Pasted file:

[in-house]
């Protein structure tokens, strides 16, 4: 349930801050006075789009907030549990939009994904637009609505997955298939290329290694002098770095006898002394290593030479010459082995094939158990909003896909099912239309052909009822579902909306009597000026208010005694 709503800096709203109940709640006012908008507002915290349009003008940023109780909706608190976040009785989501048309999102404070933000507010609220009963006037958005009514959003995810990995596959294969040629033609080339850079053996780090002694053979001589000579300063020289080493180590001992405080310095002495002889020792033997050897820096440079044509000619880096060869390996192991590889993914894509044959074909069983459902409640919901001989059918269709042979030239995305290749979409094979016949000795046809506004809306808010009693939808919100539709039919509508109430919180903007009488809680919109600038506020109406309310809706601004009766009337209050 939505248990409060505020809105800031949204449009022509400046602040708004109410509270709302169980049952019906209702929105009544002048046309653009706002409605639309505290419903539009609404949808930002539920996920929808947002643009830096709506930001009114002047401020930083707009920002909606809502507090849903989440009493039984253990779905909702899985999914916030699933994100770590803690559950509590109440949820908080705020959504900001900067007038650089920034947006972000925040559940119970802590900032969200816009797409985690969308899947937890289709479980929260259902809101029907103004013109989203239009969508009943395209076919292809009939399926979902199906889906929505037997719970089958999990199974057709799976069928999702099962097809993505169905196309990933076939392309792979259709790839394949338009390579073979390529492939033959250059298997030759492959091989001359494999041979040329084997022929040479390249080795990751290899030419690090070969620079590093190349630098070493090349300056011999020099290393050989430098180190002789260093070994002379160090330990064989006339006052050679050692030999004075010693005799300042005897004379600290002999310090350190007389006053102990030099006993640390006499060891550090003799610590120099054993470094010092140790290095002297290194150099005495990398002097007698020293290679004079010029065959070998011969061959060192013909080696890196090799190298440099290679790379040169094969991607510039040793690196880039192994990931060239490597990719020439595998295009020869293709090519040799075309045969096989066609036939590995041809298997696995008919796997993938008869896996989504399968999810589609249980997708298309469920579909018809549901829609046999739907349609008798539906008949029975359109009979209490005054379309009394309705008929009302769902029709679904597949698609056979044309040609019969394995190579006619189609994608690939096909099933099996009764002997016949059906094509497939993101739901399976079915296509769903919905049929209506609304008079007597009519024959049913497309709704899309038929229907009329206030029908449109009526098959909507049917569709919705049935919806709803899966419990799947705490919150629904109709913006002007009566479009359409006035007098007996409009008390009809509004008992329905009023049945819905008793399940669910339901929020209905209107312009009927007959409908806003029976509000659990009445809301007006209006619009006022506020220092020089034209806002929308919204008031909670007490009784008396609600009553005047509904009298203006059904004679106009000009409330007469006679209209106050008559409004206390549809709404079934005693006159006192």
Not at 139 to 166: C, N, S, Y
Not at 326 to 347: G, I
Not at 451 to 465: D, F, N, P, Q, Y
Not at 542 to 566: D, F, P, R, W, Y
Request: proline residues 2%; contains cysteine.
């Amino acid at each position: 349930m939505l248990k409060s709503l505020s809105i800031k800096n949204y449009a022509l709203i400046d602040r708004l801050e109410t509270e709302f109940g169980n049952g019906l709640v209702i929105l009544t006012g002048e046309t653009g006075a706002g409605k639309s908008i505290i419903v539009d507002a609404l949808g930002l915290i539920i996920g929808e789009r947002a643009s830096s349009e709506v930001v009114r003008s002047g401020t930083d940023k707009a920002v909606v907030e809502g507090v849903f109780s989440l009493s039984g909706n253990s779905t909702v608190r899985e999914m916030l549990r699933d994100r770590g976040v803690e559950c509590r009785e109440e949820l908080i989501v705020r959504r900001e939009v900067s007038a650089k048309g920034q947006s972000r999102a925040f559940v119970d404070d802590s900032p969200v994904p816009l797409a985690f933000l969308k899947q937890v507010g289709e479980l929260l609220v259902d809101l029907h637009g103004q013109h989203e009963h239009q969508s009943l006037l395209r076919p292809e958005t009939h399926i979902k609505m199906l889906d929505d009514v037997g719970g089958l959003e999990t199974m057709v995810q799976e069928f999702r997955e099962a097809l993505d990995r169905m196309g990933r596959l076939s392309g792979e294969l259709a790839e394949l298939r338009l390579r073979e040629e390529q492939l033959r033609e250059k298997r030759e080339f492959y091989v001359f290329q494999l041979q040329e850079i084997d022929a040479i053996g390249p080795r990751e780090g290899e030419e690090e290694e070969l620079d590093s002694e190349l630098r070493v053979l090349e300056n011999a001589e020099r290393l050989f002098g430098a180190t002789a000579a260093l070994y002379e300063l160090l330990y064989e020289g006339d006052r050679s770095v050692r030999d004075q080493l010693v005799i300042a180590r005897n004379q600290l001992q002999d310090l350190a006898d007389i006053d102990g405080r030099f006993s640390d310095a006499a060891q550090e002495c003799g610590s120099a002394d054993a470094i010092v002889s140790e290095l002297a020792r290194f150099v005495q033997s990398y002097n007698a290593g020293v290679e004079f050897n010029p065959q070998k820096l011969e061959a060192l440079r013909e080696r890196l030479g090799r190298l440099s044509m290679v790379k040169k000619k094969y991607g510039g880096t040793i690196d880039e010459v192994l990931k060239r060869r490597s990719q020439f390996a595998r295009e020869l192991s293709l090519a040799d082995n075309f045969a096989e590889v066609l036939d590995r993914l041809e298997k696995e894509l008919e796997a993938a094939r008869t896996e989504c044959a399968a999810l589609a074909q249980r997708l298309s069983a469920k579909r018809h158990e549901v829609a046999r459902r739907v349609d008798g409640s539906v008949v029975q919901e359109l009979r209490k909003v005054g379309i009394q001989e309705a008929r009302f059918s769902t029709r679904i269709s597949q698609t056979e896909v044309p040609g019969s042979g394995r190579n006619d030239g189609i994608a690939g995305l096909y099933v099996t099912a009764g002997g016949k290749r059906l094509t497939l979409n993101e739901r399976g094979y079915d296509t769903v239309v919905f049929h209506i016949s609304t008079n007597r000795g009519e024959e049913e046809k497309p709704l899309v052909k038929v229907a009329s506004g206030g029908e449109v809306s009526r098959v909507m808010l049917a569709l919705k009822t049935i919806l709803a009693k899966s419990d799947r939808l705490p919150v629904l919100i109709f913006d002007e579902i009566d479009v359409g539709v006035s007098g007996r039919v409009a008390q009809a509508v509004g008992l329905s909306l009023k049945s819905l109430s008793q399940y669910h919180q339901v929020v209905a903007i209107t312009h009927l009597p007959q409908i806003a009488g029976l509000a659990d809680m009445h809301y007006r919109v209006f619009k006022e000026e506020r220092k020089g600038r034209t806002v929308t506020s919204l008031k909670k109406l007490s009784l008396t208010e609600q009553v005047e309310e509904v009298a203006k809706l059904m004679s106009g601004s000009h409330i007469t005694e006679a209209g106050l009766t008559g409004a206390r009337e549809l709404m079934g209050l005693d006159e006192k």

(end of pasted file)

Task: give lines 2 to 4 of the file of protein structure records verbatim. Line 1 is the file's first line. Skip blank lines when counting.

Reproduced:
């Protein structure tokens, strides 16, 4: 349930801050006075789009907030549990939009994904637009609505997955298939290329290694002098770095006898002394290593030479010459082995094939158990909003896909099912239309052909009822579902909306009597000026208010005694 709503800096709203109940709640006012908008507002915290349009003008940023109780909706608190976040009785989501048309999102404070933000507010609220009963006037958005009514959003995810990995596959294969040629033609080339850079053996780090002694053979001589000579300063020289080493180590001992405080310095002495002889020792033997050897820096440079044509000619880096060869390996192991590889993914894509044959074909069983459902409640919901001989059918269709042979030239995305290749979409094979016949000795046809506004809306808010009693939808919100539709039919509508109430919180903007009488809680919109600038506020109406309310809706601004009766009337209050 939505248990409060505020809105800031949204449009022509400046602040708004109410509270709302169980049952019906209702929105009544002048046309653009706002409605639309505290419903539009609404949808930002539920996920929808947002643009830096709506930001009114002047401020930083707009920002909606809502507090849903989440009493039984253990779905909702899985999914916030699933994100770590803690559950509590109440949820908080705020959504900001900067007038650089920034947006972000925040559940119970802590900032969200816009797409985690969308899947937890289709479980929260259902809101029907103004013109989203239009969508009943395209076919292809009939399926979902199906889906929505037997719970089958999990199974057709799976069928999702099962097809993505169905196309990933076939392309792979259709790839394949338009390579073979390529492939033959250059298997030759492959091989001359494999041979040329084997022929040479390249080795990751290899030419690090070969620079590093190349630098070493090349300056011999020099290393050989430098180190002789260093070994002379160090330990064989006339006052050679050692030999004075010693005799300042005897004379600290002999310090350190007389006053102990030099006993640390006499060891550090003799610590120099054993470094010092140790290095002297290194150099005495990398002097007698020293290679004079010029065959070998011969061959060192013909080696890196090799190298440099290679790379040169094969991607510039040793690196880039192994990931060239490597990719020439595998295009020869293709090519040799075309045969096989066609036939590995041809298997696995008919796997993938008869896996989504399968999810589609249980997708298309469920579909018809549901829609046999739907349609008798539906008949029975359109009979209490005054379309009394309705008929009302769902029709679904597949698609056979044309040609019969394995190579006619189609994608690939096909099933099996009764002997016949059906094509497939993101739901399976079915296509769903919905049929209506609304008079007597009519024959049913497309709704899309038929229907009329206030029908449109009526098959909507049917569709919705049935919806709803899966419990799947705490919150629904109709913006002007009566479009359409006035007098007996409009008390009809509004008992329905009023049945819905008793399940669910339901929020209905209107312009009927007959409908806003029976509000659990009445809301007006209006619009006022506020220092020089034209806002929308919204008031909670007490009784008396609600009553005047509904009298203006059904004679106009000009409330007469006679209209106050008559409004206390549809709404079934005693006159006192």
Not at 139 to 166: C, N, S, Y
Not at 326 to 347: G, I